Whilst many will read the above and simply declare this to be socialism or a type of socialism, such a categorization and the subsequent associated terminology is not suited to the actual facts of the manner in which the managerial economy operates, as compared to the capitalist or Marxist socialist economy.
Marxist socialists are correct in their understanding that managerial society is not the same as the socialist ideal. Burnham describes the socialist ideal as “classless, fully democratic, and international.” He elaborates on these thus:
By “classless” is meant that in socialist society no person or group of persons has, directly or indirectly, any property rights in the instruments of production different from those possessed by every other person and group; it amounts to the same thing to say that in socialist society there are no property rights in the instruments of production, since a property right has meaning only if it differentiates the status of those who have it from that of those who do not. The democracy of the hypothetical socialist society is to extend, and completely, to all social spheres—political, economic, and social. And socialist society is to be organized on an international scale; if this cannot be done completely in the first stages, at least this is to be the tendency of socialism. If not at once international, it is to be always internationalist—as indeed it would have to be if it is ever to become actually international.
Given that managerial society reserves special property rights for the managers, allowing the managers to function as the class of ruling elite, managerial society is not classless, and therefore not socialist. We can even say that it is not directionally socialist. The society is certainly not becoming more classless – going beyond the typical left-wing complaints regarding the one percent, right-wing complaints about the persecution of MAGA people, and complaints from both wings regarding big business of any variety, there is now a formal first and second class person distinction created by vaccine culture. Regardless of what one thinks about the virus and vaccines, it is an indisputable fact that this class distinction exists. Secondarily, while managerial society is becoming more international, it is certainly not becoming more democratic. Political democracy has expanded, but the general democratization of society has not occurred.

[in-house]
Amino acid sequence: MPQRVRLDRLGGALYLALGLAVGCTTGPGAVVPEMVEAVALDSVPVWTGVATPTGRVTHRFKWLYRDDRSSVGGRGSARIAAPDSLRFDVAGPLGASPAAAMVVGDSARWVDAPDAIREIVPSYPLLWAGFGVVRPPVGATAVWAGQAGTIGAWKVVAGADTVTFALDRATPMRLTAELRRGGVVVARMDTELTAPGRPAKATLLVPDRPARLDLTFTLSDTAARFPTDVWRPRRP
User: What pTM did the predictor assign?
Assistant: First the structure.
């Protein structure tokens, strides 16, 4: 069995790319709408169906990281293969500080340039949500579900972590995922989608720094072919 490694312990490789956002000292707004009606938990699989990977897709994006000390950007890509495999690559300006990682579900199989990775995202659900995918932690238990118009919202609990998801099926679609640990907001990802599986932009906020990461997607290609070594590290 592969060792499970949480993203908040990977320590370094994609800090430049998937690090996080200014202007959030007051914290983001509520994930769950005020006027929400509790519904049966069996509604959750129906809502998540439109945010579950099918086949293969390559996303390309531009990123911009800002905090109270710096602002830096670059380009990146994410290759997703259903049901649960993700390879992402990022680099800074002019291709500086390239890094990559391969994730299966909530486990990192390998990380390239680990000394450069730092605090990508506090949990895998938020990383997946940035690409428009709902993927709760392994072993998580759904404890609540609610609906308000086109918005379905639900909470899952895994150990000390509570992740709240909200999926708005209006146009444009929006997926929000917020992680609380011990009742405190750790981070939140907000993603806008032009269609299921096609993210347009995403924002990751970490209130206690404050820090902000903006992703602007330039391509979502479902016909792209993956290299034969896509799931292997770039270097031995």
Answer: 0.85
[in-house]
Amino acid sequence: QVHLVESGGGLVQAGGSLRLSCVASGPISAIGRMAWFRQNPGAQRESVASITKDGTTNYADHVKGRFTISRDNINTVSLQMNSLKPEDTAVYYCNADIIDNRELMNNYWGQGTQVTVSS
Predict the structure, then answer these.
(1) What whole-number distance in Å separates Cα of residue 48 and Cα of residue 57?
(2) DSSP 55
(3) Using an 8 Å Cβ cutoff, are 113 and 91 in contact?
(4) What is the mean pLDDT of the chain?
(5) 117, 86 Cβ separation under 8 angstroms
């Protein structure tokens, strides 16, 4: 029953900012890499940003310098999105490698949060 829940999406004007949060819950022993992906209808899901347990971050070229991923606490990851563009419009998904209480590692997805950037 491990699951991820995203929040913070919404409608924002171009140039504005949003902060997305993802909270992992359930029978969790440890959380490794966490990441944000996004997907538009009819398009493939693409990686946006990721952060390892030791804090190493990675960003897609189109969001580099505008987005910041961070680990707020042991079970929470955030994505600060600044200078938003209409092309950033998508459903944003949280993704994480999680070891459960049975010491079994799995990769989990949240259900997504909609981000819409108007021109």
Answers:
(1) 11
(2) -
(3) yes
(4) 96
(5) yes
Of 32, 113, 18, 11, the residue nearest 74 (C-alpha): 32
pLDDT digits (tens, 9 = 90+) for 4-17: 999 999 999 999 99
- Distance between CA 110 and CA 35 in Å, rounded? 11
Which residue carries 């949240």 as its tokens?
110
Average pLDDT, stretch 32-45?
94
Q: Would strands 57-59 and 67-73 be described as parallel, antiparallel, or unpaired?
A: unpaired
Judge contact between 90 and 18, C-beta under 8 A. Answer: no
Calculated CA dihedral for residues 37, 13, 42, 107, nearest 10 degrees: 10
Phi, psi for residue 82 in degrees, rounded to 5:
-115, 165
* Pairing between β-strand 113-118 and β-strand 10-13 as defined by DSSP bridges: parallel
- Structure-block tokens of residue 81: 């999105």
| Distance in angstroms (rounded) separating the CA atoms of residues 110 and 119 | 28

The logical framework of Marxist socialism regards socialism as being the only alternative to capitalism; therefore, if the society is not socialist, as we have shown, socialists deduce, correctly within their framework, that society must be capitalist. Marxist socialist intellectuals may be wrong, but they are not stupid, and any attempt to dismiss their misunderstanding as mere stupidity is surely too dull an explanation to be sound.
While it may not be socialism, what was described above is certainly not capitalism, either. The trick in disambiguating exactly what managerial society is from both socialism and capitalism is examining the relationship between ownership and control, and the indirect means by why the mangers have come into ownership of the means of production via having control over them, outside of the typical capitalist means of assuming control (trade) and the socialist means (confiscation).